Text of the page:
WASHINGTON, D.C., March 30, 2017. FireEye Chief Executive Officer Kevin Mandia testifies before the Senate Intelligence Committee. The committee heard testimony on the topic “Disinformation: A Primer in Russian Active Measures and Influence campaign.
Cybersecurity firms have blamed the Chinese Communist Party for a recent hack that exposed tens of thousands of servers running the Microsoft Exchange email program to potential Hackers. The chief executive of a leading cybersecurity firm said it now seems clear that the Chinese Communist Party has launched an indiscriminate, automated second wave of hacking in an attempt to open the way for ransomware infections and other cyberattacks.
In response, Kevin Mandia of FireEye said the second wave of hacks, which began on Feb. 26, had the hallmarks of elite cyber espionage on Beijing‘s part and far exceeded the norms of ordinary cyber espionage, according to the Associated Press. In terms of its scale, the attack was very different from the highly targeted nature of the first wave of hacks discovered in January.
You would never expect to see a modern state like China (Communist Party of China) with offensive capabilities – which they usually control with discipline to hide -” Mandia said in an interview with The Associated Press on Tuesday (March 9). -to suddenly launch an attack on 100,000 systems.”
Mandia said his firm’s assessment, based on forensics, shows that two groups of hackers backed by the Communist regime have installed a large number of automatically seeded backdoors, known as “web shells,” on a yet-to-be-finalized number of systems. Experts are concerned that the large number of backdoors could be easily exploited by criminals for a second phase of ransomware infections, who also use automation to identify and infect targets.
Across the globe, cybersecurity teams are busy identifying and maintaining hacked systems. On Tuesday (March 9), the National Governors Association issued a rare alert to state governors asking them to strengthen “awareness of the severity of the threat and the next steps to be taken by local governments, businesses and operators of critical infrastructure. “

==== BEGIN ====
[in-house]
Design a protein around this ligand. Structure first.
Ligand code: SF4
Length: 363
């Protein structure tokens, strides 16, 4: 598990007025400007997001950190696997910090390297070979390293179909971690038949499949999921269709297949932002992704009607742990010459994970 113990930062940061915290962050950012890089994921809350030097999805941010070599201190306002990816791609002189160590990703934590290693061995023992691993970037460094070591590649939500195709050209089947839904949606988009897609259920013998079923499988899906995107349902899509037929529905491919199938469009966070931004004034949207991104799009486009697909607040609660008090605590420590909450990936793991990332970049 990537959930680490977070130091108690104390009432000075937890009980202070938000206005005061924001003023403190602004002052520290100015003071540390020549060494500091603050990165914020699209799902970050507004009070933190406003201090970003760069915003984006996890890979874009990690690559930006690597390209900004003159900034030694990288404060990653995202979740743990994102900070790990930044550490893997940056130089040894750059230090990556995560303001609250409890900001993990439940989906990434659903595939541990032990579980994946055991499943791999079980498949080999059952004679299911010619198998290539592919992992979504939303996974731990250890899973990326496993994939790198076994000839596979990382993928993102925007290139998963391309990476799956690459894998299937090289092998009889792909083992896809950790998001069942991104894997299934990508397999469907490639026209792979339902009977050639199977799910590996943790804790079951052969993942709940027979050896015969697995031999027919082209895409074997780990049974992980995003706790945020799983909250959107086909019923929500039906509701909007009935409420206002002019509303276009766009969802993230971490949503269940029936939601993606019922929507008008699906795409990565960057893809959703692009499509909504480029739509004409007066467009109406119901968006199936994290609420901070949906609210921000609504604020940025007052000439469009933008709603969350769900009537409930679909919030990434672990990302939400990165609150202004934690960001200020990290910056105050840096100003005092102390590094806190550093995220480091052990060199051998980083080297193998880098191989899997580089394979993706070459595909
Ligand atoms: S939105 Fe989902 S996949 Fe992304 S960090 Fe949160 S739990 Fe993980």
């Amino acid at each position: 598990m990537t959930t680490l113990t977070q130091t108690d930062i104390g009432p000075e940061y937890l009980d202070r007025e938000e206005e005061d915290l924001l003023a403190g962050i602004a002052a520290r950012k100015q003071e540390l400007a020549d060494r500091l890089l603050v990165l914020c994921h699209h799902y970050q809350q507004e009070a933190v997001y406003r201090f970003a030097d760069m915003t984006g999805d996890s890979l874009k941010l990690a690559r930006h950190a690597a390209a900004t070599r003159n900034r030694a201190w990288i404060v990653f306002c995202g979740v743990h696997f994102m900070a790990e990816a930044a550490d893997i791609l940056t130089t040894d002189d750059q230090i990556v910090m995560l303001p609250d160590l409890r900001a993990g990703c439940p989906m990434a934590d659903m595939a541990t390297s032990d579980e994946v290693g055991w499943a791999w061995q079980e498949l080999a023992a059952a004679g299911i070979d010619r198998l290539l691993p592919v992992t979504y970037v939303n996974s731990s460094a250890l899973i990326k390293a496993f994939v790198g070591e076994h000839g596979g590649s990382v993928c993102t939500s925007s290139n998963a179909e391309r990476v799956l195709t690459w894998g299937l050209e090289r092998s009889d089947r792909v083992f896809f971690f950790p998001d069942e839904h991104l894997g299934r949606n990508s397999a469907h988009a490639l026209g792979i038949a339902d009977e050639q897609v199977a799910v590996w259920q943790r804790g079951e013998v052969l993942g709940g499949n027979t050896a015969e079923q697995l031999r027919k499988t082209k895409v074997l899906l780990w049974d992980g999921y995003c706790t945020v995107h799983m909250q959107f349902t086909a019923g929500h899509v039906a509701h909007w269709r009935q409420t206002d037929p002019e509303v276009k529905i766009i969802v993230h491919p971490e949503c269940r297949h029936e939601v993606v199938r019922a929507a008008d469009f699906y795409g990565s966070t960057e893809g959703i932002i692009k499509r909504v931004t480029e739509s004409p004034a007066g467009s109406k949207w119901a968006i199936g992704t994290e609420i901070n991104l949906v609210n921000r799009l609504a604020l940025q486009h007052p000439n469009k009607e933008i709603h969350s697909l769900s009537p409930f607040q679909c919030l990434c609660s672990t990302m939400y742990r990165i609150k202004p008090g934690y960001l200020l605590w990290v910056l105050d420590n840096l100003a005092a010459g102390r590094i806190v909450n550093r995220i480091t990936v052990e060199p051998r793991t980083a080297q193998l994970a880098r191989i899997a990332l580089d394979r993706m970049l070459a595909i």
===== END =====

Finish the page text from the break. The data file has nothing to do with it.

David Kennedy, CEO of cybersecurity firm TrustedSec, tweeted Tuesday that “resource-requesting programs for ‘mining’ cryptocurrencies are being installed on some threatened exchange servers.
The White House has called the hack an “active threat,” but so far Biden has not urged tough action against the Chinese Communist Party, nor has he distinguished between the two waves of attacks – at least not in the public domain. Neither the White House nor the Department of Homeland Security has commented on whether to blame the second wave of hacking attacks on the Chinese Communist Party.
Mandia has been dealing with hackers backed by the Chinese Communist regime since 1995 and has long been on the radar of presidents and prime ministers. Mandia’s assessment is consistent with that of Dmitri Alperovitch, former chief technology officer of CrowdStrike, another Washington-area cybersecurity agency. Alperovitch commented that the Chinese Communist Party needs to be notified immediately: shut down those cyber shell implant backdoors.
The wave of widespread hacks that automatically create backdoors began five days before Microsoft released its patches, when cybersecurity firm Volexity discovered vulnerabilities in patches first released by Microsoft in late January of this year. The company found evidence that the vulnerabilities were exploited by hackers backed by the Chinese Communist regime as early as Jan. 3. The hackers targeted U.S. think tanks, universities, defense contractors, law firms and infectious disease research centers, the researchers said.